Gueydan Bookstore
            A couple of weeks ago we wrote about a new bookstore in Abbeville named Kjuntales. This week we got the following letter: “Were you aware that our little bookstore in Vermilion Parish has been open and at the same location for 12 years?” asked Sean Gayle, who owns Patti’s Book Nook in Gueydan with James Gayle. “We sell new, used, rare, signed and local author’s works. We also sell art, original and limited prints of local artists.” The bookstore has more than 10,000 books in stock and online from four different independent bookstores at the website “We also have a presence on Amazon at,” Gayle added. “We are hidden in Gueydan, but we have a large reach since we ship around the world.

Library Book Sale
            The Friends of the Lafayette Public Library Spring Book Sale is this week, with the members’ preview sale from 6 p.m. to 8 p.m. Wednesday and the public sale from 9 a.m. to 6 p.m. Thursday and Friday and from 9 a.m. to 2 p.m. Saturday at the Heymann Convention Center Ballroom. Gently used hardcover and paperback books will be sold by the inch and proceeds benefit the library. For information, call 501-9209.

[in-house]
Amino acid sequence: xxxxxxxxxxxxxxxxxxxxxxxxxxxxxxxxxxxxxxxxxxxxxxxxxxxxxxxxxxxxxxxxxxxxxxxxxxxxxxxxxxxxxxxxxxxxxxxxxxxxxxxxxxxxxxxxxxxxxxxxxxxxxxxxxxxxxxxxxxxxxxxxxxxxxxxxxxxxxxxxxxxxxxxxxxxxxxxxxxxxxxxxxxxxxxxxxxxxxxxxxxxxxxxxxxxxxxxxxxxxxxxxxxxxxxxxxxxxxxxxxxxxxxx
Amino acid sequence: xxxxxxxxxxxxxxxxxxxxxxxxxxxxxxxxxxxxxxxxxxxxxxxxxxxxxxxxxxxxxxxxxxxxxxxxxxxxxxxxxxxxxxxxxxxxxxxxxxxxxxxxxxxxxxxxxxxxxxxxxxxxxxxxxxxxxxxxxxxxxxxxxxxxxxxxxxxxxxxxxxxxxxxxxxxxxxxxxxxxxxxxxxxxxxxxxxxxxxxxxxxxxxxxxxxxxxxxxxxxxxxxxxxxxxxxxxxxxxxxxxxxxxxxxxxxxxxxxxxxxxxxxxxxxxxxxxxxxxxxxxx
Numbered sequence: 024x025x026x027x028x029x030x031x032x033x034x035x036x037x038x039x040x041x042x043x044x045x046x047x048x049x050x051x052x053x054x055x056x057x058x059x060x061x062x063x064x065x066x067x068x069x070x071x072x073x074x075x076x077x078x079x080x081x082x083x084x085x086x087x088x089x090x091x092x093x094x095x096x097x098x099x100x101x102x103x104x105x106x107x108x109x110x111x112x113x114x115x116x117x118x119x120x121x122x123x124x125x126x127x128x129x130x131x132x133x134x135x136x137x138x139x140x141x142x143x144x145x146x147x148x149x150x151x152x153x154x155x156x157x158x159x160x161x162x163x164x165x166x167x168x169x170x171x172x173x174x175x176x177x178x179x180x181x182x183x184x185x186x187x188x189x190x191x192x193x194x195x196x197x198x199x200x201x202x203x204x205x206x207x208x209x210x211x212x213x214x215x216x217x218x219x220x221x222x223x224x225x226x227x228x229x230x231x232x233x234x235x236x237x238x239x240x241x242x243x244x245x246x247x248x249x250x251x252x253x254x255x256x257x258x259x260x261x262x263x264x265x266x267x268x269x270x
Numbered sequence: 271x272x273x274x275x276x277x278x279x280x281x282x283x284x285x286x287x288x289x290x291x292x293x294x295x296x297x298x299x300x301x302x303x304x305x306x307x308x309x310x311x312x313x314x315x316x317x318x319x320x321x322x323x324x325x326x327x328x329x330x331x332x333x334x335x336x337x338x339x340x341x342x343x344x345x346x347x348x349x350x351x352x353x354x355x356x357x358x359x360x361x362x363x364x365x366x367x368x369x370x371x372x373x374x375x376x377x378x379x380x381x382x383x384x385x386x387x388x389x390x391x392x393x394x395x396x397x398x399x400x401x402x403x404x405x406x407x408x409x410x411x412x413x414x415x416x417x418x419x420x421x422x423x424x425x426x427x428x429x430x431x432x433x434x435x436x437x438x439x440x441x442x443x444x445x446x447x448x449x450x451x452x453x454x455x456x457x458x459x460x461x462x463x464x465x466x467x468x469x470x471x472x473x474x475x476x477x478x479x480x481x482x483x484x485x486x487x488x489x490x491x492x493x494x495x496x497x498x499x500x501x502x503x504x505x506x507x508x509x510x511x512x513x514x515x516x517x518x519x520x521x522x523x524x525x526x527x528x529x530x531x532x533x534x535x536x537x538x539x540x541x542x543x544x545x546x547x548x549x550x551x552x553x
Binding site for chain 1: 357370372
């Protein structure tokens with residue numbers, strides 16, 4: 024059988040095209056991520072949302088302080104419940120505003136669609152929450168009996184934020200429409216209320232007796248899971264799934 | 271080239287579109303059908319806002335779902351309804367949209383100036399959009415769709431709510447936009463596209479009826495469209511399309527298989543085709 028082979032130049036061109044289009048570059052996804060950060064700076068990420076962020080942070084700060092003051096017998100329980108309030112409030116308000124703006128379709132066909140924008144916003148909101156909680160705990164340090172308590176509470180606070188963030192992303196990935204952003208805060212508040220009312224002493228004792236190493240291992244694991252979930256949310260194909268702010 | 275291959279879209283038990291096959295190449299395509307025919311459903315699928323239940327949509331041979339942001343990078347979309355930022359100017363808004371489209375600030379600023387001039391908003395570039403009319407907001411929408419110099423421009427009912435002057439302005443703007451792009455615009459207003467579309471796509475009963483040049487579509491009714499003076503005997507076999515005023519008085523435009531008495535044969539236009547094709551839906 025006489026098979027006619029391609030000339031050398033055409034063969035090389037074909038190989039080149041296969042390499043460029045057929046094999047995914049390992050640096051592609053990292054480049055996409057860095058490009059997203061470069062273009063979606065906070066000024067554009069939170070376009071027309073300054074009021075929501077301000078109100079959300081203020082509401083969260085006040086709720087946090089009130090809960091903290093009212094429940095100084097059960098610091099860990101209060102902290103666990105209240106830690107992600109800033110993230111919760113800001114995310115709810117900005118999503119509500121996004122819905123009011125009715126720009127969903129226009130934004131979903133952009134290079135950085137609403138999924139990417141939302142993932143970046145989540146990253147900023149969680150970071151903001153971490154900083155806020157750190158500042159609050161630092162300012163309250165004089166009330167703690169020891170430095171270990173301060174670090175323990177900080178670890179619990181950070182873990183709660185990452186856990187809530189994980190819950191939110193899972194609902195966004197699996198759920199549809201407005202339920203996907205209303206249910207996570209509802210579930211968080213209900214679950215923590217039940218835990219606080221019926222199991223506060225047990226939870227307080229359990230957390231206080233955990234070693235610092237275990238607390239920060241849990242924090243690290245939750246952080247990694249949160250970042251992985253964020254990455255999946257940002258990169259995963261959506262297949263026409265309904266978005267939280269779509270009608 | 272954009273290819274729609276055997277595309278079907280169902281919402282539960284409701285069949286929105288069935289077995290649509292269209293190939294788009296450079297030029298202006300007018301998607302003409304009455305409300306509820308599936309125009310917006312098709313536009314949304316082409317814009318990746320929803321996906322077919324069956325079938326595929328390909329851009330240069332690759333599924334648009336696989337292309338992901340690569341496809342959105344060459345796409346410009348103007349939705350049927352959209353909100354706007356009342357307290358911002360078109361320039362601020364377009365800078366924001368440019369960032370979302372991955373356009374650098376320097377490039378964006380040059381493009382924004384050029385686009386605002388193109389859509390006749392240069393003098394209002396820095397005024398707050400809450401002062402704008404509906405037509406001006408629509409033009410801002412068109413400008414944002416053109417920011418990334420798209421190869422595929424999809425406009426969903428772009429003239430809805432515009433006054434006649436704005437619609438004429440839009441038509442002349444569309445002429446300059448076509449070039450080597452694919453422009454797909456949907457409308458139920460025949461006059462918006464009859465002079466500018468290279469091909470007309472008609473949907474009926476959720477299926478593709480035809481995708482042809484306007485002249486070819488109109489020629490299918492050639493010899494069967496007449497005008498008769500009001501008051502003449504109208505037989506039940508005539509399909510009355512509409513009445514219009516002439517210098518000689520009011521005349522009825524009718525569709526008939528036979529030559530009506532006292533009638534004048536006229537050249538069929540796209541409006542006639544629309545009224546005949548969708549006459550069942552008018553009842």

Book events
            Native Irishman Brian O’Nuanain will offer Irish humor, storytelling, folklore, songs and literature from 2 p.m. to 3 p.m. today, March 16, at South Regional Library.
            The Lafayette libraries will host a “Divergent” pin craft for teens from March Tuesday, March 18 through Thursday, March 20, 
at the Jefferson Street, North Regional and South Regional
            Riders on the Orphan Train Performance will be from 4 p.m. to 6 p.m. Tuesday, March 18, at the